Mon, 05 Oct 2009
From: The Jakarta Globe
By Teguh Prasetyo
The Indonesian Chamber of Commerce and Industry is urging the new government to issue an emergency regulation to address the slow pace and high cost of land acquisition for public infrastructure projects.

An emergency regulation carries the force of law, but must be ratified by the House of Representatives (DPR) within three months or be revoked.

“By issuing an emergency regulation, the government could accelerate the land-acquisition process, which always takes an inordinate amount of time due to negotiations with land owners on compensation,” Fathur Rochman, chairman of the chamber’s toll-road committee, said on Thursday.

He said an emergency regulation would attract investment to the toll-road and public housing sectors.

Otherwise, he argued, the issue would have to be reviewed by the House, which would likely be a long, drawn-out process.

Fathur said both the chamber, also known as Kadin, and toll-road investors had been disappointed with the slow progress of expressway construction around the country.

To date, he said, only 690 kilometers out of the 1,700 kilometers targeted by the government for the 2004-2009 period had actually been built.

“There are no clear mechanisms governing land acquisition, the decision-making process or negotiations for compensation. These are the key issues holding back the construction of expressways,” Fathur said.

One of the biggest problems, he said, was the lack of an independent agency to intervene to assess fair and reasonable land prices.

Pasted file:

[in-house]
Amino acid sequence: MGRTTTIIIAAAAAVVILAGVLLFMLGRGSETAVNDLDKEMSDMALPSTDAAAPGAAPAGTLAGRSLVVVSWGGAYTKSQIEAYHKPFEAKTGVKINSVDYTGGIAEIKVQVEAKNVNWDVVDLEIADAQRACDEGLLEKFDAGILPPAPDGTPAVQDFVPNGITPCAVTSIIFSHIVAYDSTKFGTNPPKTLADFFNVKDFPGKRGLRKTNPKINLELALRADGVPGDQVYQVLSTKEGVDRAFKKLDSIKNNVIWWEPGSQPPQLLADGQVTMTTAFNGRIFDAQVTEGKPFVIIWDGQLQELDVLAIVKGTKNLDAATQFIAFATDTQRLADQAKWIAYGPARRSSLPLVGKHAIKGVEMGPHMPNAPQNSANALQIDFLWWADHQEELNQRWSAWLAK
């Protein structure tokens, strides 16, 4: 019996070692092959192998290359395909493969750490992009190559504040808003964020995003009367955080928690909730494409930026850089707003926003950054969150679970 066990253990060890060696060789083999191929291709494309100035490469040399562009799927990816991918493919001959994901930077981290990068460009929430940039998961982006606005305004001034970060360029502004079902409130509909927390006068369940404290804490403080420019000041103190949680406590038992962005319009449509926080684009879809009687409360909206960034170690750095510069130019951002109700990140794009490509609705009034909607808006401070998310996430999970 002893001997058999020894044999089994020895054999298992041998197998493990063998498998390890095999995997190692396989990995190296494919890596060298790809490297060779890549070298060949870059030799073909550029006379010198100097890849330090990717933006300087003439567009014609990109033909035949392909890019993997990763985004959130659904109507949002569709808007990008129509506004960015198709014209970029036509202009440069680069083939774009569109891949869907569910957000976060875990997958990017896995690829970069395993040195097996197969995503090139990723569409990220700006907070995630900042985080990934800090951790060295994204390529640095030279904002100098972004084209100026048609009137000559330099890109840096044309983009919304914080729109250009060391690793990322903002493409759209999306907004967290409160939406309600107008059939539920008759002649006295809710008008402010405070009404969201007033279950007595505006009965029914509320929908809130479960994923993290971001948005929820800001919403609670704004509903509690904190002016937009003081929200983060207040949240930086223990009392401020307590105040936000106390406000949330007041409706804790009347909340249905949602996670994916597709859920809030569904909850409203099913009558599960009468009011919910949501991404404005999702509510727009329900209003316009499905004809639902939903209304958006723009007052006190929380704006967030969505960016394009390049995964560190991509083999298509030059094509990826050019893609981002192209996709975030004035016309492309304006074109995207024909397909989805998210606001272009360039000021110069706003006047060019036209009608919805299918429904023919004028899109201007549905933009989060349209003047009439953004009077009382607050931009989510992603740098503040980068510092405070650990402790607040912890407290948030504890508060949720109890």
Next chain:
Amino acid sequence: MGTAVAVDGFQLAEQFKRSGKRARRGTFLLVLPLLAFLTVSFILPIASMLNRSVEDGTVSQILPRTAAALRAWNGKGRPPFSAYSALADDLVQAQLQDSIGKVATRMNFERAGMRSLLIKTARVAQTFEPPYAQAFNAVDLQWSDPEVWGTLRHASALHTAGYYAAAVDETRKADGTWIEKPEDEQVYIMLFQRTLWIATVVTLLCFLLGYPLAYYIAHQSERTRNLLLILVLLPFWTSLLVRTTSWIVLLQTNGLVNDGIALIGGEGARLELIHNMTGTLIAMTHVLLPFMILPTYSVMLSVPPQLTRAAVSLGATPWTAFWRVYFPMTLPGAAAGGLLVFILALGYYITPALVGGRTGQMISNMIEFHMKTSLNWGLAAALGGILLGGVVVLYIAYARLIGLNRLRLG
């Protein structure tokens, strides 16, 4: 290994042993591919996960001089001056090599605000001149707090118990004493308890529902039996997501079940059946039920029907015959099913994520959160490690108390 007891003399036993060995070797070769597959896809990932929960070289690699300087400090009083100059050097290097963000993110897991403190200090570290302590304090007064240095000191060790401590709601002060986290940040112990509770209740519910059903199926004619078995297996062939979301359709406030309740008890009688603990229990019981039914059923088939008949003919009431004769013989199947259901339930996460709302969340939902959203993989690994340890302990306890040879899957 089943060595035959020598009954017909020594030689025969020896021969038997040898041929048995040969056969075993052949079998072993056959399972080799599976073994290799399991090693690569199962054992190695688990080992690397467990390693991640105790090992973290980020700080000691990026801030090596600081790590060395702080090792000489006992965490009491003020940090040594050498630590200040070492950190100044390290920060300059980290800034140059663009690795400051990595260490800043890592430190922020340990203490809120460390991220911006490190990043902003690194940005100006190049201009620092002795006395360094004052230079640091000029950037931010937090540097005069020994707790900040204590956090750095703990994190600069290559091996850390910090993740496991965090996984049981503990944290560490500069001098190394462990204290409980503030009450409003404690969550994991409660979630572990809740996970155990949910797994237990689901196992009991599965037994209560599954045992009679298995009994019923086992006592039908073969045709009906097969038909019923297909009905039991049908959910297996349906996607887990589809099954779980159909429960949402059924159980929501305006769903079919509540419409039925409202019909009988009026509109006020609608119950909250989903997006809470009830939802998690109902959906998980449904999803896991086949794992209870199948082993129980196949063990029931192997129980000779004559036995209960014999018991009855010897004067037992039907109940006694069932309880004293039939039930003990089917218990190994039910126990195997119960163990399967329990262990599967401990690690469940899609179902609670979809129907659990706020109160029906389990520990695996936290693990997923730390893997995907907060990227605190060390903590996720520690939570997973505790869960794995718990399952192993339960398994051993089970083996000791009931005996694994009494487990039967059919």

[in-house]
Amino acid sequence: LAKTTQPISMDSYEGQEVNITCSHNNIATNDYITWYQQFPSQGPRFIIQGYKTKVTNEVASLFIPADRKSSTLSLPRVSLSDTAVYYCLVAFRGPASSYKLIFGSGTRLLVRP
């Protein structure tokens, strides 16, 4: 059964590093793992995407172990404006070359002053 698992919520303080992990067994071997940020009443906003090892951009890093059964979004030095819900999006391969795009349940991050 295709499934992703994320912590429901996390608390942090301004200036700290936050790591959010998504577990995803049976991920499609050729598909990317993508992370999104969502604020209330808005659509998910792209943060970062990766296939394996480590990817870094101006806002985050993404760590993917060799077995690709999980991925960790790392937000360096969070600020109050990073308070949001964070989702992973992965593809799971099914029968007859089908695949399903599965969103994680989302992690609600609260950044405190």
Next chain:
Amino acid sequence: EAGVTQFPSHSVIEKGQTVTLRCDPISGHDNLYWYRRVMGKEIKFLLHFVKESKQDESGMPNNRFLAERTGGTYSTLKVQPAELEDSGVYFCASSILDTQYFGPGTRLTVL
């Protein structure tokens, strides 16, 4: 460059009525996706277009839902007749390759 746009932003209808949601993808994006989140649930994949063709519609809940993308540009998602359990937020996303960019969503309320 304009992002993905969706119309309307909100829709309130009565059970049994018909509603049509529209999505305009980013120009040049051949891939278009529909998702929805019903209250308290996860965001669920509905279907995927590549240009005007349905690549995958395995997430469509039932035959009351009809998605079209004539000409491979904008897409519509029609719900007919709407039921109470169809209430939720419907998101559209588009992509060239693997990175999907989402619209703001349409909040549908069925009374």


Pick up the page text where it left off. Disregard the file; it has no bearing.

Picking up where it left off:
He said the emergency regulation should also assign the responsibility for resolving land-price disputes to the courts. “In the past, demands for compensation payments could halt land acquisition. But in the future, we want to see the removal of this sort of obstacle,” he said.

He said land acquisition should be made the responsibility of the government, rather than the investor. This was necessary, he said, to allow investors to focus on construction.

Kadin is also urging the government to address the slow rate at which public housing supply is coming on stream, due to the slow land-acquisition process.

Lukman Purnomosidi, Kadin’s deputy chairman for infrastructure and public housing, said the country needed to build about 800,000 homes per year to meet demand.

To overcome this, he said, developers and the government should accelerate the provision of public housing by redeveloping urban slums.



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